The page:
Question of the Week: 11/28/2007

In a Running correction, what is the maximum wave-b can exceed the end of wave 1?


A Running correction is a Flat in which wave-b terminates much higher (if the larger-degree trend is up) than the top of the previous advance (or much lower than the bottom of the previous decline if the larger-degree trend is down). For the rest of this explanation, let's assume the larger-degree trend is up and the advance before wave-b is wave-1 (it could also be wave-A). In all cases, the behavior of wave-b signals the strength of the market's future advance. The higher wave-b ends above the top of wave-1, the stronger and larger wave-3 becomes. This concept is part of NEoWave Logic, which says a strong correction MUST produce a strong future move.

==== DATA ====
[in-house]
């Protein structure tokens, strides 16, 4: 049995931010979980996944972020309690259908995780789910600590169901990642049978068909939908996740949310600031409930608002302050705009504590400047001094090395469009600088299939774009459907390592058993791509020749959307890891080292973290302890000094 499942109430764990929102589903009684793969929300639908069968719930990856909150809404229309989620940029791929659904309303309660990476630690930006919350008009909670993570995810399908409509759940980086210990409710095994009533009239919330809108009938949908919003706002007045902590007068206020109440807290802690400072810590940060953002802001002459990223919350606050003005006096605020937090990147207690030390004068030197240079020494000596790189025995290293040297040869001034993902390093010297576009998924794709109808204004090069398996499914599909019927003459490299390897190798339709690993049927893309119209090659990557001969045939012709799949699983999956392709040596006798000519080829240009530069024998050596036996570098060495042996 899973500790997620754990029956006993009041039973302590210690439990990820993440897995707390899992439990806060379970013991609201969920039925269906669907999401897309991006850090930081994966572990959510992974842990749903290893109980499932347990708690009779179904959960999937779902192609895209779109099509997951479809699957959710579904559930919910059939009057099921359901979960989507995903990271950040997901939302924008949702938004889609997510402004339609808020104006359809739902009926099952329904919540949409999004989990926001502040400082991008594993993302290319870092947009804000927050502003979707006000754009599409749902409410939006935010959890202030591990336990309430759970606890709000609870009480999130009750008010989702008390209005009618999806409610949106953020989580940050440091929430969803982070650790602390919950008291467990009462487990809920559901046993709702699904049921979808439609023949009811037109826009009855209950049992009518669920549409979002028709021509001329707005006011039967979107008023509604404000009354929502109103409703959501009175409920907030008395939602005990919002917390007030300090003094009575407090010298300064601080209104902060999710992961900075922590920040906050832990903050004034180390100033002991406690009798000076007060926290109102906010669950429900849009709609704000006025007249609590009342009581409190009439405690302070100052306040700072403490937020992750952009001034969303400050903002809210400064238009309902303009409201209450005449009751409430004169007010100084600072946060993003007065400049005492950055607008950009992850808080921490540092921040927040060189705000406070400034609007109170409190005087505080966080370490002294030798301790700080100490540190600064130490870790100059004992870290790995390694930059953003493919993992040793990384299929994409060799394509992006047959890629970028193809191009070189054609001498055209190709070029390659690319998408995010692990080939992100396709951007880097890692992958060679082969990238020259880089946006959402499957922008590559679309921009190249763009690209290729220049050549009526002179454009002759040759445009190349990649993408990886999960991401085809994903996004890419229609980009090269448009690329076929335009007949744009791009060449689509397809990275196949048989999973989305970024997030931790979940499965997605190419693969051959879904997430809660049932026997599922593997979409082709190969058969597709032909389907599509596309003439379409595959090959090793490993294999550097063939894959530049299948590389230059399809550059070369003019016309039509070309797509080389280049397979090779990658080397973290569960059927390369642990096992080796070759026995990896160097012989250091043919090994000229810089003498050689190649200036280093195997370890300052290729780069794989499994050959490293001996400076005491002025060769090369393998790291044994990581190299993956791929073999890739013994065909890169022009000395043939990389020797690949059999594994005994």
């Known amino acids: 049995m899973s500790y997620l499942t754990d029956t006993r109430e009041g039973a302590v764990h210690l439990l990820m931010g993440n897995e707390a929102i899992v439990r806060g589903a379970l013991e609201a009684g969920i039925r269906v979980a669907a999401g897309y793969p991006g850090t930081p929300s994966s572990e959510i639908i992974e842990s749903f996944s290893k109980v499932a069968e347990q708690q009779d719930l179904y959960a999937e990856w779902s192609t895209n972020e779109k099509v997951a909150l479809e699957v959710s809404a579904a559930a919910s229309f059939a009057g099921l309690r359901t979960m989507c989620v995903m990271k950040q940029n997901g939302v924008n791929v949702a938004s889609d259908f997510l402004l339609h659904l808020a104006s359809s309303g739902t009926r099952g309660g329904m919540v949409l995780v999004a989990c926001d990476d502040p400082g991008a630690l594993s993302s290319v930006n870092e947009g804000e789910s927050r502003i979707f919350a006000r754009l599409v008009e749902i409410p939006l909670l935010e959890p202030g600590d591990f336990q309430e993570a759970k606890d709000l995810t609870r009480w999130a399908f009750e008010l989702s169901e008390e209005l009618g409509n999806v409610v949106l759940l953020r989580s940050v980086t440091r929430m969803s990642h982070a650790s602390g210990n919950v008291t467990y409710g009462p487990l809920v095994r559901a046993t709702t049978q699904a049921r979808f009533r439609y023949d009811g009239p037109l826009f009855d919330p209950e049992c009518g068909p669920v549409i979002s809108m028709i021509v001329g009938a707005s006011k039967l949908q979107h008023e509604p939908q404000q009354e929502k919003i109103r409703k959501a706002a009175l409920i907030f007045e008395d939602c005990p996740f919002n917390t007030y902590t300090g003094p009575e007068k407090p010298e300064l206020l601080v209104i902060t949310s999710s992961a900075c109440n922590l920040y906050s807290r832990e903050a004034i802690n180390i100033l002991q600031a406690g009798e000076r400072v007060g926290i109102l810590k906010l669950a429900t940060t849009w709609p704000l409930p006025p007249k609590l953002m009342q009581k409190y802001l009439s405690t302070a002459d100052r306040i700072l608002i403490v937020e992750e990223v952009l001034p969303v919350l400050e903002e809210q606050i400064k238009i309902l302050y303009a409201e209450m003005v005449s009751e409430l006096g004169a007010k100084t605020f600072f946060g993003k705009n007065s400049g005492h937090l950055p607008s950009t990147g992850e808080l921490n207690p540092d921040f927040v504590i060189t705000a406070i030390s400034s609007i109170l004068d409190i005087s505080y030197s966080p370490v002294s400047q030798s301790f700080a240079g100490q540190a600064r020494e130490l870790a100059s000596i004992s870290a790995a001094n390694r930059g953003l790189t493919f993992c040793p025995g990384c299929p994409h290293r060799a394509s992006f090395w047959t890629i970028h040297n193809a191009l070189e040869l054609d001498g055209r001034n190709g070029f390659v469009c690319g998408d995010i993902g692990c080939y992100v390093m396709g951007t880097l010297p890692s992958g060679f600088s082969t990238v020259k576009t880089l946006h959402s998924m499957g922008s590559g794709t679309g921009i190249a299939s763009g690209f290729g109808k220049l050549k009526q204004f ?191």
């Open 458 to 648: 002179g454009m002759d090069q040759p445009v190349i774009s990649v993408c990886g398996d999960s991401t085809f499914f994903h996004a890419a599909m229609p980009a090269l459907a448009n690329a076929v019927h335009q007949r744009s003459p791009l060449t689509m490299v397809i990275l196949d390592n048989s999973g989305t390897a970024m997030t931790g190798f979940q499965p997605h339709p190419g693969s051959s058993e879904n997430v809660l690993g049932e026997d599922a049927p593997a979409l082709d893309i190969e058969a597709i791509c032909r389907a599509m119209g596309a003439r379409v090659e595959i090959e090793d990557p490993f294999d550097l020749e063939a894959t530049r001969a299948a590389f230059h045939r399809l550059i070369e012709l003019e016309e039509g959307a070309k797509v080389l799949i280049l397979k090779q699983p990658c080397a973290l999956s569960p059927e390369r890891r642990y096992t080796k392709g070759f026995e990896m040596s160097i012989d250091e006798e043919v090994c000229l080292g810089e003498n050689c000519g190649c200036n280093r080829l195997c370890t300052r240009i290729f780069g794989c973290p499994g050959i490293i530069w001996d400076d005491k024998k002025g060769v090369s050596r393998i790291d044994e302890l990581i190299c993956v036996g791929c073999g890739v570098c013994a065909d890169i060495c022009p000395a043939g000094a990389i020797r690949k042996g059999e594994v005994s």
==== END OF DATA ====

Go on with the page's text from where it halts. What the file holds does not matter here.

If you measure the length of wave-1 (in the above example), wave-b should NOT top higher than 61.8% of wave-1 added to the top of wave-1. If wave-b exceeds that level, it is nearly certain a running correction is not unfolding and some other scenario is developing.

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